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Moravian College Graduate Receives Prestigious Fulbright Scholarship

Rebecca Brandt '05

Bethlehem, Pa., May 2, 2006—A Moravian College alumna Rebecca Brandt ’05 was recently named a Fulbright Scholar. Brandt is the seventh Moravian College student to be awarded a Fulbright in the last seven years, and the sixth student to travel to Germany on a Fulbright award. She has been selected as a teaching fellow in Berlin, and while abroad, plans to research the existence of an unspoken divide between the former East and West Germany.

Brandt, a native of Bethlehem, Pa., graduated summa cum laude from Moravian College, with a major in German. She was the recipient of the Irving S. Amrhein Award given to a graduating senior for distinguished work in one or more foreign languages. Brandt was a member of the German Club, and served as president in her senior year at the college. In 2002, she graduated summa cum laude from Northampton Community College, where she received the Liberal Arts Award for the highest grade point average in her major.

Currently, Brandt teaches English as a Second Language at Lehigh Carbon Community College, and serves as a substitute teacher for English as a Second Language in the (ESL) program and in the General Educational Development (GED) department at Northampton Community College.

Brandt joins a growing number of Moravian College students and alumni to receive the prestigious award. In the 2004-2005 academic year two Moravian College students, Julie Anderson ’05 and Leigh Ann Caruso ’04 received Fulbright Scholarships to pursue studies in Germany. Anderson received a teaching fellowship in Berlin and planned to research German critical sources regarding Fulbright scholar, author and poet, Sylvia Plath. Caruso received a research fellowship to study colonial Moravian emotional culture in Erfurt, Germany.

Previously three other Moravian College students were chosen Fulbright scholars: Marianne Zwicker ’99, Daniel Byrne ’00, and Courtney Rice ’01. Zwicker spent a year in Berlin studying the Sinti and Roma (Gypsies) who were tribes targeted by the Nazi racial extermination policies. She then spent years working in Berlin as an English tutor and playing Celtic fiddle in a band. Byrne served as a teaching fellow in history in a German high school and continued his research on Nobel Prize-winning writer Heinrich Böll. Rice taught English at a middle school in Oberschönau in Saxony and continued research on 18th- and 19th-century Moravian education.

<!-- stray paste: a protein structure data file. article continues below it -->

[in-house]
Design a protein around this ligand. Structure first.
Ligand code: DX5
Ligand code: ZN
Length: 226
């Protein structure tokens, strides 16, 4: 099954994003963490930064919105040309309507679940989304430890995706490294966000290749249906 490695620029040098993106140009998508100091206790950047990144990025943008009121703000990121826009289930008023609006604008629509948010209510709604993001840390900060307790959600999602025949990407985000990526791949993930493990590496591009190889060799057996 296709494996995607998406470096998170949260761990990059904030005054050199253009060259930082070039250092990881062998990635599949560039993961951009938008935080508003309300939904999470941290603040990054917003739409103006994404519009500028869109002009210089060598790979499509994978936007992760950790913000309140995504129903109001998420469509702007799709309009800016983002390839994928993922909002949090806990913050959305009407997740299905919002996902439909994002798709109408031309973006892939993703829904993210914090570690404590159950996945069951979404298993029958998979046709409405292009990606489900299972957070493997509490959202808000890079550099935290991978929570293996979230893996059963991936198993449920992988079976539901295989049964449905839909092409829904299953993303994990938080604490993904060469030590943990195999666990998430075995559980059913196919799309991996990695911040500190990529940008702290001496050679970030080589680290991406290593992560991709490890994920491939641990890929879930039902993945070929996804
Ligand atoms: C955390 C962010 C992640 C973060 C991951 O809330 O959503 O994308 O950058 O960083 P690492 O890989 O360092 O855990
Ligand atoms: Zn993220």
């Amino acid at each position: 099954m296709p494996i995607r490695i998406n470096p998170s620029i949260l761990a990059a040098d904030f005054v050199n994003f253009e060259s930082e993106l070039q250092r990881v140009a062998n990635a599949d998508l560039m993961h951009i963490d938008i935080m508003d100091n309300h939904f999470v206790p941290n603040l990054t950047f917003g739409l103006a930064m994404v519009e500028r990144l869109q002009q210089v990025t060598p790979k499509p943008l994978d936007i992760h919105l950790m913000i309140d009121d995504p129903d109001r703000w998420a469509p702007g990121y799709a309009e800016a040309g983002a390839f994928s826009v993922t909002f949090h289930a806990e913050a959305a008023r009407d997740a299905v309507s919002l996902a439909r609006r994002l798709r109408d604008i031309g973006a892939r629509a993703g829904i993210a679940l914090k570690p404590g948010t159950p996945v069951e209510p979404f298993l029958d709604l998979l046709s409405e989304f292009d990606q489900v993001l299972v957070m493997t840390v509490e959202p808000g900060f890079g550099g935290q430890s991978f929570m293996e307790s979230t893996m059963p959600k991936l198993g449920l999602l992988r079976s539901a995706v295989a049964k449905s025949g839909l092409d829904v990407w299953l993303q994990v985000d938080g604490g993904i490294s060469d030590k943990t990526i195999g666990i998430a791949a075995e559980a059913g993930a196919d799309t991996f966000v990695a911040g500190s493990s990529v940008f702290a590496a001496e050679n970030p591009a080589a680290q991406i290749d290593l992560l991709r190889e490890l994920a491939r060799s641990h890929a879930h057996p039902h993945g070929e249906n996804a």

Brandt, Anderson and Caruso were mentored by Josef Glowa, assistant professor of German at Moravian College. Zwicker, Byrne, and Rice were students of Hans Wuerth, professor emeritus of German at the college.

Glowa is a member of the advisory board to the newly established program in German Studies at the College Students who major in German have the particular educational benefit to draw from Bethlehem's Moravian background and history. The Moravians were the earliest Protestant group, predating Martin Luther. They received the name Moravians derived from Moravia, their province of origin, which has been German as often as it has been Czech in the past millennium.

In 2002, Fulbright scholar: M. Leslie Smith, spent her Fulbright year in Madrid, Spain, studying the literary influences on Spanish women at the Universitario de Studios de la Mujer. Her honors project was a study of a short-lived but influential magazine for women published during the Franco era.

Previous students who received Fulbright Scholarships in the 1960's were: Patricia McAndrew, class of 1968, an honors history student who received a Fulbright to translate the major work of renowned Danish ballet master, August Bournonville; and Helen Kovach Bachochin, class of ’65, received a Fulbright award to study at the University of Madrid, Spain.

The U.S. Congress created the Fulbright Program in 1946, immediately after World War II, to foster mutual understanding among nations through educational and cultural exchanges. Today the Fulbright Program is the U.S. Government's premier scholarship program. It enables U.S. students, artists and other professionals to benefit from unique resources all over the world.

Each year the Fulbright Program allows Americans to study or conduct research in over 100 nations. The Institute of International Education (IIE) coordinates the activities relevant to the U.S. graduate student program and conducts an annual competition for the scholarships, most of which are for one academic year of study or research.

The Fulbright (Full Grant) provides round-trip transportation; language or orientation courses, where appropriate; tuition, in some cases; book and research allowances; and maintenance for the academic year.

The U.S. Student Program is designed to give recent B.S./B.A. graduates, masters and doctoral candidates, and young professionals and artists opportunities for personal development and international experience. Most grantees plan their own programs.